Viewed by some cultures as a symbol of life and hope, cactus is an amazingly strong plant that survives under the harshest of conditions. A mainstay in Chinese medicine, cactus has become increasingly popular as an ingredient in mainstream health and wellness products because of its powerful benefits.
Difficult to harvest because of its prickly exterior, the plant requires a long growing period; the cactus fruit needs a minimum of four years to grow and ripen before its full nutritional benefits are available.
And those benefits are impressive. The prickly pear cactus is high in fiber and contains antioxidants, carotenoids, flavonoids, and amino acids, including essential amino acids that are not manufactured by the human body. Research indicates that the cactus may provide the following benefits:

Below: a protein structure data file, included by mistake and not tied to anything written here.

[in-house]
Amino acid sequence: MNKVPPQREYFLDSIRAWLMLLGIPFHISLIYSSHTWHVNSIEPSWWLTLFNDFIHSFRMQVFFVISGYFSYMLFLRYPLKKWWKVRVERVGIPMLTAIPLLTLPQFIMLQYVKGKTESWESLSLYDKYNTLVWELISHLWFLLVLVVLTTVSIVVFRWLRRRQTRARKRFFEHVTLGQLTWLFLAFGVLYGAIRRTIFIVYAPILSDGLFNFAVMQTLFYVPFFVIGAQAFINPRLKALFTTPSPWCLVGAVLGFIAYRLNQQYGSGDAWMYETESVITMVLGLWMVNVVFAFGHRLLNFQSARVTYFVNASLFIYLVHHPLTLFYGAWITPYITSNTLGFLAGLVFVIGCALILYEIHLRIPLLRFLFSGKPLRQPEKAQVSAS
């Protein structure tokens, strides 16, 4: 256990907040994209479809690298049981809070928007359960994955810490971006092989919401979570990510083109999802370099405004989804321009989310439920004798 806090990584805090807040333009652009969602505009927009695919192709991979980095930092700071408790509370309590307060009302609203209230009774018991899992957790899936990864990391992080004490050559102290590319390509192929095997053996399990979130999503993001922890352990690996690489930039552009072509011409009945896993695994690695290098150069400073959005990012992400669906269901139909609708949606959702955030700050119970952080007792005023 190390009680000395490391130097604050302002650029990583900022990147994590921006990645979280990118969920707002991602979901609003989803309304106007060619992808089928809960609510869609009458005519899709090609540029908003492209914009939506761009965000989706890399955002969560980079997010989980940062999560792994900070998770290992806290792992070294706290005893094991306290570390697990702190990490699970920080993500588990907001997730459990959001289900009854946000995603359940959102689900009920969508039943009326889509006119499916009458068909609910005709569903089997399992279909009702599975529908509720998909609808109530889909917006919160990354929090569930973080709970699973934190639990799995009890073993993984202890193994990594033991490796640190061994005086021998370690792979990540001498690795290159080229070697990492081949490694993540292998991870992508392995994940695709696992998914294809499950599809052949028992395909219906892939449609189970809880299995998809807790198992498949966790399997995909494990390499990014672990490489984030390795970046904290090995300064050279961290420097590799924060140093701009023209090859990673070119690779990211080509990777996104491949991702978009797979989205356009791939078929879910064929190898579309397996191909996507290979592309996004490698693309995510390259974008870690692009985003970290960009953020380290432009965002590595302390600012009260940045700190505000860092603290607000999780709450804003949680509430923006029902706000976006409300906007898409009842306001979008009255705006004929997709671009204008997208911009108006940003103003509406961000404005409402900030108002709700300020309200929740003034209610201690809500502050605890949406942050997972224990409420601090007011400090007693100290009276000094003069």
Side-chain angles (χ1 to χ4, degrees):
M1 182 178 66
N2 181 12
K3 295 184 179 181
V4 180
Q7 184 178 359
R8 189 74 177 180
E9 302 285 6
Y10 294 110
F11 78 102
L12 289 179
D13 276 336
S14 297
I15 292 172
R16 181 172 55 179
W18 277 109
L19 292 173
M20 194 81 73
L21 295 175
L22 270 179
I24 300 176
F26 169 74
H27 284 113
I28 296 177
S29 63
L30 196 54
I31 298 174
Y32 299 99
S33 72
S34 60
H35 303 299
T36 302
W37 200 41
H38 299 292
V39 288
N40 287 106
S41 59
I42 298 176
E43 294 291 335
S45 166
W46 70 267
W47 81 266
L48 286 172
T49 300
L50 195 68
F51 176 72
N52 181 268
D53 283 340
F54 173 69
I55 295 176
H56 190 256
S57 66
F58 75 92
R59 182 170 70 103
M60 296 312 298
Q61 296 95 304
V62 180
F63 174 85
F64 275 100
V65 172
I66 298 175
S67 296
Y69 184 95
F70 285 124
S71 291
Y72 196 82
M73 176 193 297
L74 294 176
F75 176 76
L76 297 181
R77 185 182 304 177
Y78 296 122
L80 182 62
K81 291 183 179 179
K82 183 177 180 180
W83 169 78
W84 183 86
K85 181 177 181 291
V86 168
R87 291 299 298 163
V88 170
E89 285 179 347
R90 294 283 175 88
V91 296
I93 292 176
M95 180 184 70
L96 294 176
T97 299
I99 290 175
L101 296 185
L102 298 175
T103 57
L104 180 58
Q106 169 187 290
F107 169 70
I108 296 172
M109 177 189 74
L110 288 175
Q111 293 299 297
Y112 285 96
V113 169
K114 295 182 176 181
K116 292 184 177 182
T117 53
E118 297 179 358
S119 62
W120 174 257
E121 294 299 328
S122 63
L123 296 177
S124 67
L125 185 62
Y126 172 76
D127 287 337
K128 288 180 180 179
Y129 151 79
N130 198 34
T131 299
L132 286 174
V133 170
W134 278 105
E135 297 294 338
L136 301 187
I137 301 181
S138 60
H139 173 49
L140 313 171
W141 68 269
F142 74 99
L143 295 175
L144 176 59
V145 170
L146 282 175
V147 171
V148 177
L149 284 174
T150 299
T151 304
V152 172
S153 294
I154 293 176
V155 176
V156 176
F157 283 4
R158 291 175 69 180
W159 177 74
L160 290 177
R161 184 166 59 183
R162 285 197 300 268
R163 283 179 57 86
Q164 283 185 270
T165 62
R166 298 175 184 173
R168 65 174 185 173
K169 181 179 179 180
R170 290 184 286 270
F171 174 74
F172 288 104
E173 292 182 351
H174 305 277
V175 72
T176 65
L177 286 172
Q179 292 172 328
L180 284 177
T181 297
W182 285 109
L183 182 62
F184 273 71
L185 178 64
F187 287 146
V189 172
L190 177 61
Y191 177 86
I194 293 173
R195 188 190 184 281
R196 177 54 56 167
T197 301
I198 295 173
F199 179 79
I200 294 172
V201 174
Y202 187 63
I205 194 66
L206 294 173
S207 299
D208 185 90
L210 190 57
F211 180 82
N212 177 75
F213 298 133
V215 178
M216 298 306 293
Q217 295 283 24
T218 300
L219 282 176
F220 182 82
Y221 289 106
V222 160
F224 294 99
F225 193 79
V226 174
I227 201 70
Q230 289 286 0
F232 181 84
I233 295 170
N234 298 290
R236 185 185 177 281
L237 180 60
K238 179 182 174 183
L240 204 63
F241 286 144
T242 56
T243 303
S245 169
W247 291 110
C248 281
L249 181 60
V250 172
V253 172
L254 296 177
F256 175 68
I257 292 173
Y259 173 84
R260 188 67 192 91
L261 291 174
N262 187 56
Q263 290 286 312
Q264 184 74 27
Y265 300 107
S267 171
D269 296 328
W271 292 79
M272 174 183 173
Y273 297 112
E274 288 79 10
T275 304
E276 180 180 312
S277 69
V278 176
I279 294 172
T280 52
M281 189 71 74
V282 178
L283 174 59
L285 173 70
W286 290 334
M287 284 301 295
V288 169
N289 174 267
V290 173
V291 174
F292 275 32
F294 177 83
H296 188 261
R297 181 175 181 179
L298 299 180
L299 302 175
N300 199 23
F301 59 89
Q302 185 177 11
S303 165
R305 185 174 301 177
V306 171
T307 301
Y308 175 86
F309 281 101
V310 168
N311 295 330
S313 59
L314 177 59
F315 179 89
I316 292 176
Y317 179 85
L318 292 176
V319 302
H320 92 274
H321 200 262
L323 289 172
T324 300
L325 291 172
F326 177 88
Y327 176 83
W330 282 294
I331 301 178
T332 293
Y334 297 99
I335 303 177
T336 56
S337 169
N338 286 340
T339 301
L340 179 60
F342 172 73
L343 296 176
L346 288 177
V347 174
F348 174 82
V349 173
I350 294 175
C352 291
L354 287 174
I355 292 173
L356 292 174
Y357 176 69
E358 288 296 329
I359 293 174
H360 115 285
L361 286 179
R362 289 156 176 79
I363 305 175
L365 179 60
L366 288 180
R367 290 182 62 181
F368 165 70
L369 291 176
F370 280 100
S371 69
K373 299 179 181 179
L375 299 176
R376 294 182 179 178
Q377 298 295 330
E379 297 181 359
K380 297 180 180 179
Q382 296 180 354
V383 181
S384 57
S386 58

- Nourish the immune system, inhibit the formation of free radicals, and boost immunity
- Provide powerful antioxidant, anti-inflammatory, and antiviral properties
- Aid in tissue repair and collagen formation
- Support and strengthen the cardiovascular system
- Accelerate tissue regeneration by inhibiting inflammation, stimulating the creation of new blood vessels, and speed up collagen formation
- Assist the stomach and gastrointestinal tract, providing some relief from digestive problems
- Play a significant role in skin protection
- Act as a moisturizer
- Improve the skin’s barrier function.
The cactus gel is what is used in E. EXCEL products, a precious commodity that, once extracted from the cactus, is carefully filtered to remove the seeds and cellulose. After that, it is processed immediately in order to produce the purest and most delicious extract possible.
In fact, we’re even picky about when we harvest our cactus. Research shows that harvesting cactus pads earlier in the day when acidity is the lowest is an ideal harvest time. And temperature is important; overheating a cactus can reduce nutrient content and degrade fiber content.
No wonder that for centuries this unassuming, prickly plant has been regarded so highly. While one researcher noted that it may be “too early to call prickly pear cactus a superfood, it can certainly be part of a healthy diet.” E. Excellers around the world agree.